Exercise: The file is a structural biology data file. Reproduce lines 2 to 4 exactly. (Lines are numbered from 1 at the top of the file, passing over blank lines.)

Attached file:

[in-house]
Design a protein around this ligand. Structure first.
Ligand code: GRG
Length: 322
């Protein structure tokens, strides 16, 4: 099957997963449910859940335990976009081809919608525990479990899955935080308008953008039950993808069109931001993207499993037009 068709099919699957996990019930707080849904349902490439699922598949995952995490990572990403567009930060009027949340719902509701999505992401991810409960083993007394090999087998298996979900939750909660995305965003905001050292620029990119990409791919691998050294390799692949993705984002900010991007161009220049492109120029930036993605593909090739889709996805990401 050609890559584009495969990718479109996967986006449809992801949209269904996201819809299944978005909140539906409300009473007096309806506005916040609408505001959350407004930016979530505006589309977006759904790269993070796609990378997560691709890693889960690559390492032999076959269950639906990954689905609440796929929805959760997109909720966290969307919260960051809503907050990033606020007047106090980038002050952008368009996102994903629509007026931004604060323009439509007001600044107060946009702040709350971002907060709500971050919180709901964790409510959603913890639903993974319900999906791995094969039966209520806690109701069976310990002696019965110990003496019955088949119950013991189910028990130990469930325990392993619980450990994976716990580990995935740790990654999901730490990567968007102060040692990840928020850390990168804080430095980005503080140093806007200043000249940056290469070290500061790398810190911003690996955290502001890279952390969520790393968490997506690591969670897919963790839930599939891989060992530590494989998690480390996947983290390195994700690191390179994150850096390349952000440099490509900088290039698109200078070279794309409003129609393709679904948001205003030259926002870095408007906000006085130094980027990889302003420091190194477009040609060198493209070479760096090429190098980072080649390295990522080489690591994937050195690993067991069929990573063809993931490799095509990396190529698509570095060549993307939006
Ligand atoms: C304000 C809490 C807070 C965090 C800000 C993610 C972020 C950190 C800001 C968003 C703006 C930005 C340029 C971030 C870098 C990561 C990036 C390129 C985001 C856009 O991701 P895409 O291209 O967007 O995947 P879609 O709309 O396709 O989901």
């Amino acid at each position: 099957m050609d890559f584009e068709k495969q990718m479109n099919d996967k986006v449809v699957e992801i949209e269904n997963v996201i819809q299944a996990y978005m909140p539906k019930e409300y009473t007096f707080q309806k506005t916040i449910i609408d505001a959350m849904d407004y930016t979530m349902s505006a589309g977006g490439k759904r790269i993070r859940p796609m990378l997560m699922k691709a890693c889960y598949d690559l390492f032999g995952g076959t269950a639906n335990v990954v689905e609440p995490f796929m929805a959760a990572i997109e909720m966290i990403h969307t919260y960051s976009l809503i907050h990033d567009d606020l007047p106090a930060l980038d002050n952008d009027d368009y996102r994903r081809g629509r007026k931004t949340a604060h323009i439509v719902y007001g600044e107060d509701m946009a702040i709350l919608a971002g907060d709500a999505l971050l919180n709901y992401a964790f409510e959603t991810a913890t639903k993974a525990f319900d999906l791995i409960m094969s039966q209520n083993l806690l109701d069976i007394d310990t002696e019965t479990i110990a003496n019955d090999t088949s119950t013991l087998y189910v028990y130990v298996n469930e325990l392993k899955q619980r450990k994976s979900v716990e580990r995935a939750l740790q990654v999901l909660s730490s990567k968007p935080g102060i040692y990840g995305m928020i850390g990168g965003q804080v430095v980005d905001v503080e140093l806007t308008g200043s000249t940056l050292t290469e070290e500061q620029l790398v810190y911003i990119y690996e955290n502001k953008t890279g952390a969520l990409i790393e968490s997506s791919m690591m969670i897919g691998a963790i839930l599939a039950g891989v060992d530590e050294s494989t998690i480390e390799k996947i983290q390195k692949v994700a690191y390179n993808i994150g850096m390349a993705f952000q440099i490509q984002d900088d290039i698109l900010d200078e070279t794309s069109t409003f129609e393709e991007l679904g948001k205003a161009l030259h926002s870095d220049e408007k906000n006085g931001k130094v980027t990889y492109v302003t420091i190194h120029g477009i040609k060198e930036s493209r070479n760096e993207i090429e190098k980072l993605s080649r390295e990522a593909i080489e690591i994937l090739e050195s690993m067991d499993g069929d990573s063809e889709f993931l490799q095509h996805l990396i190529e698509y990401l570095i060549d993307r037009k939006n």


Design a protein around this ligand. Structure first.
Ligand code: GRG
Length: 322